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Adagio Teas
   Features  >  London Theatre Reviews

at the Comedy Theatre


  (L to R) Kelly Price, Chuk Iwuji, Keira Knightley, Nicholas Le Prevost, Damian Lewis, Dominic Rowan/ Ph: Tristram Kenton

First thing's first: Keira Knightley makes a very accomplished stage debut in this oddly updated Moliere comedy. True, her role as Jennifer, a desirably nubile star in blockbuster films of little artistic merit, plays to Knightley's obvious strengths and her public persona. But she brings to it charisma, emotional range, an unflinching bitchiness and a credible American accent. And she seems more at ease with some of the more awkward aspects of this singularly peculiar project than her more theatrically experienced co-stars.
Thea Sharrock's production is a calculated bid to turn high culture into solid box office, its design and its cast list as sharp and glitzy as the world it purports to satirise. For writer Martin Crimp has transposed the co-dependent bitchiness and hypocrisy of Louis XIV's court in Moliere's original to the world of contemporary celebrity culture. The aristocratic Misanthrope Alceste is here a British playwright (Damian Lewis), enamoured of Knightley's flighty Jennifer while despising all she stands for and the agents, hacks, suitors and would-be gurus who hover in her impersonally opulent hotel suite.
Crimp gets to display his linguistic virtuosity in his spiky modern rhymes for Moliere's lolloping verse, and he and a fairly famous cast get to rail against fame's dominance over truth and art. (A false opposition by and large, if you ask me.) There's even a lecherous critic with literary aspirations, deftly played by Tim McMullan, who made the press night crowd chuckle smugly, and who will doubtless mystify future audiences.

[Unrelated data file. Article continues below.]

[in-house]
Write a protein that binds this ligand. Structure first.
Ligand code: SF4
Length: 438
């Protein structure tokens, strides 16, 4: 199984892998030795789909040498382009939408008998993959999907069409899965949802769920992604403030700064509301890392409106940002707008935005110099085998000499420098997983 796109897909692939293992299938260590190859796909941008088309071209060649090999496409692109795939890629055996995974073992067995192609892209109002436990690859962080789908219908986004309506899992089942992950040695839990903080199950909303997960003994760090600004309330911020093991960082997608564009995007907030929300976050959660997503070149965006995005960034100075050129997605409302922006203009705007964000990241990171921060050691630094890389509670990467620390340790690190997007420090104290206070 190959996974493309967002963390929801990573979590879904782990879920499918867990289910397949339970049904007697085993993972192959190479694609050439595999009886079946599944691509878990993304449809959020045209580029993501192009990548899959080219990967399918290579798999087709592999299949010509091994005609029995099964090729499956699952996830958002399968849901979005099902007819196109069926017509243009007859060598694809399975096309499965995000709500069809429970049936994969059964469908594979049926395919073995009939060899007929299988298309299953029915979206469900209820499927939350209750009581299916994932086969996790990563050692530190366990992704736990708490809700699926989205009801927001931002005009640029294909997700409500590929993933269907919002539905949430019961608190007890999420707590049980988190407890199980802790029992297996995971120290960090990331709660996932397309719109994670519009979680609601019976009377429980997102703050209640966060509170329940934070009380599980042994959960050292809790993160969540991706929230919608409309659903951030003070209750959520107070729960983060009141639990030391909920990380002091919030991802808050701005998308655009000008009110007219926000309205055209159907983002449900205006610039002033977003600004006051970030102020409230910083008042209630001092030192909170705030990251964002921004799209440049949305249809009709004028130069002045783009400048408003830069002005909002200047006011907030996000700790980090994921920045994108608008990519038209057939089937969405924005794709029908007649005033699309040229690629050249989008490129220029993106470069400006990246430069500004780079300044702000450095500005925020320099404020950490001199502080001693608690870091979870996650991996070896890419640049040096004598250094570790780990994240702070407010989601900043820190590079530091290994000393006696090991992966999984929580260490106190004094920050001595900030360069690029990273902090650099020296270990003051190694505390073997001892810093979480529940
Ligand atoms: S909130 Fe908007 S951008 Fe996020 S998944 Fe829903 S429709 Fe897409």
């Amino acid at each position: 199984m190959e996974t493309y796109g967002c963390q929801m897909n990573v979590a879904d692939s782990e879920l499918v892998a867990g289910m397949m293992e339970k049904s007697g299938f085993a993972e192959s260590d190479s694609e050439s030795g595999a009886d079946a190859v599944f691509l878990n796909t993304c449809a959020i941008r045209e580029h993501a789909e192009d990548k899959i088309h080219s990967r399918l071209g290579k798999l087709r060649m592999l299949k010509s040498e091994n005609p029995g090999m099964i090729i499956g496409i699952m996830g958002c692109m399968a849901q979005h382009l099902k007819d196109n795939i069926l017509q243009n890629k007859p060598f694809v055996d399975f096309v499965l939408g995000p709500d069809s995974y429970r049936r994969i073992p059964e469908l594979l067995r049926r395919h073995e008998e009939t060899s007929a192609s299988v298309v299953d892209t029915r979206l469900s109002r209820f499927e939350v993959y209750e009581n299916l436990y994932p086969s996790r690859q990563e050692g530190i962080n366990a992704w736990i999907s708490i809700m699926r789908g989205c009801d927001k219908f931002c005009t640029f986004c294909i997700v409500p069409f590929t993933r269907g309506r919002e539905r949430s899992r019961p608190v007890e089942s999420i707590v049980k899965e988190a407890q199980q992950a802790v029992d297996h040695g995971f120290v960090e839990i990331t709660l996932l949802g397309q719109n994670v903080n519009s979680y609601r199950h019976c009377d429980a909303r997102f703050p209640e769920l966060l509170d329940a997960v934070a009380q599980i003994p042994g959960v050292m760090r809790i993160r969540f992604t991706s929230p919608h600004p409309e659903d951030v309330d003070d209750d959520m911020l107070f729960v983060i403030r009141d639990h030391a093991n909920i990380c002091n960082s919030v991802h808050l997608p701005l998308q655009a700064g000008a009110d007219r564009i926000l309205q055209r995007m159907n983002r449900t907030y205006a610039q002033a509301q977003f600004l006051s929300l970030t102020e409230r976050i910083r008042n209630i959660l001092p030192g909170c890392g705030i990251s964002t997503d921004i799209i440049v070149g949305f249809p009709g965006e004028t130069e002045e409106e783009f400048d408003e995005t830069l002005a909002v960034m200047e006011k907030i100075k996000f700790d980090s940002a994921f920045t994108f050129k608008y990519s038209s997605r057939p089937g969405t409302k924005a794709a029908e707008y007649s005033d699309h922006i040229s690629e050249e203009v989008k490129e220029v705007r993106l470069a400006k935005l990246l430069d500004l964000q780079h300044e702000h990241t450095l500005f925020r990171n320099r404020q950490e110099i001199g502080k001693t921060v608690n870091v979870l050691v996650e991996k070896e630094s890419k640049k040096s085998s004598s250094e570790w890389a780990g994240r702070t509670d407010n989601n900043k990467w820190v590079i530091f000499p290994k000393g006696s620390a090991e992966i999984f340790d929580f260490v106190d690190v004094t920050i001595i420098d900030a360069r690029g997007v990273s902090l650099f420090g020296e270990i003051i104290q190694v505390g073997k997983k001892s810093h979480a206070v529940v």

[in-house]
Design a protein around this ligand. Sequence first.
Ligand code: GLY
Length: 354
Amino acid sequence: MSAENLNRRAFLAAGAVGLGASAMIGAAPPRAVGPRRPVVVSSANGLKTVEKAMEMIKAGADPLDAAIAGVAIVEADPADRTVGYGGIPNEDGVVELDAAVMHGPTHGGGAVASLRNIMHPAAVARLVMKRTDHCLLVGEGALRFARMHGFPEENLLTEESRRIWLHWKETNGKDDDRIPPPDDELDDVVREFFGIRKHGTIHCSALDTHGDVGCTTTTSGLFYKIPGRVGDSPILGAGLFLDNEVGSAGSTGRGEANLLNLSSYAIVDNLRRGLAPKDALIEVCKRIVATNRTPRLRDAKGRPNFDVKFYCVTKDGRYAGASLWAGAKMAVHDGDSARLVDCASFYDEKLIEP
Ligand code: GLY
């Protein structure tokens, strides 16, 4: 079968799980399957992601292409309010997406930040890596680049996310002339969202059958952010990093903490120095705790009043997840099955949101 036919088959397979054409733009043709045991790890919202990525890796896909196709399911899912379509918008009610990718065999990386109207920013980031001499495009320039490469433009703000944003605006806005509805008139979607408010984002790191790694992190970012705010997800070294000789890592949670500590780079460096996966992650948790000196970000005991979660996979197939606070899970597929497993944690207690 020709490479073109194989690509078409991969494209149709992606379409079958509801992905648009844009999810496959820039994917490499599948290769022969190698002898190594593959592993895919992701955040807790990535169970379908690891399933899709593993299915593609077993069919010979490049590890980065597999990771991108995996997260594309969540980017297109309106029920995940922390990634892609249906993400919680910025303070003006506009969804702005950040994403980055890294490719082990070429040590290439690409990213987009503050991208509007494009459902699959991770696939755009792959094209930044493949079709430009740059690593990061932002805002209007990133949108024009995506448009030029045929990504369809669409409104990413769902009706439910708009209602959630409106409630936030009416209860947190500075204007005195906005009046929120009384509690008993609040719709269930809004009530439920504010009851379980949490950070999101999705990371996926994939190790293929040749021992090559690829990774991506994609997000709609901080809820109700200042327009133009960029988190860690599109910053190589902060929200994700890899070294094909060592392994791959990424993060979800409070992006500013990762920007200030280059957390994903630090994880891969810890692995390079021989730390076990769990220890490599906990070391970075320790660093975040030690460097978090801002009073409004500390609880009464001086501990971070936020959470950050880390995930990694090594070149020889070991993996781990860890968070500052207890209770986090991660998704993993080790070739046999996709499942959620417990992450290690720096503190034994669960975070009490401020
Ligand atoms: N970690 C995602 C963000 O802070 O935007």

The whole exercise is two parts self-congratulation, two parts self-flagellation, but despite its glossy veneer it doesn't really hang together. The sequence where Jennifer bad-mouths her whole social circle to a "friendly" reporter and is then shocked to see it all in print, rings particularly false. Alceste's rage never really convinces either. Lewis seems keen to evoke sympathy for him, although he's the most loathsome character on stage: a self-righteous "moralist" who hits his lover and fantasises about her being "blind or paralysed" so she would be dependent on him.
McMullan, and the likes of Nicholas Le Prevost and Tara Fitzgerald, do their impressive best to animate figures that Crimp concedes are "stock characters." The best performance of all is from Dominic Rowan as Alceste's friend John, who speaks the verse fluently and cautions everyone to just calm down. Wise words. Moliere's play is about the acceptable limits of behaviour and the problems of being authentic, and this updating is deeply phoney.
My enduring memory will be of Knightley in fancy dress for the closing party scene, a 21st-century stylist's take on a 17th-century courtesan, with a candyfloss wig, a raptor's grin, and a black dress that emphasizes her shockingly naked shoulders and slender, canted torso. Unfortunately, I'll remember how fabulous she looked, rather than the hollowness she was supposed to represent.


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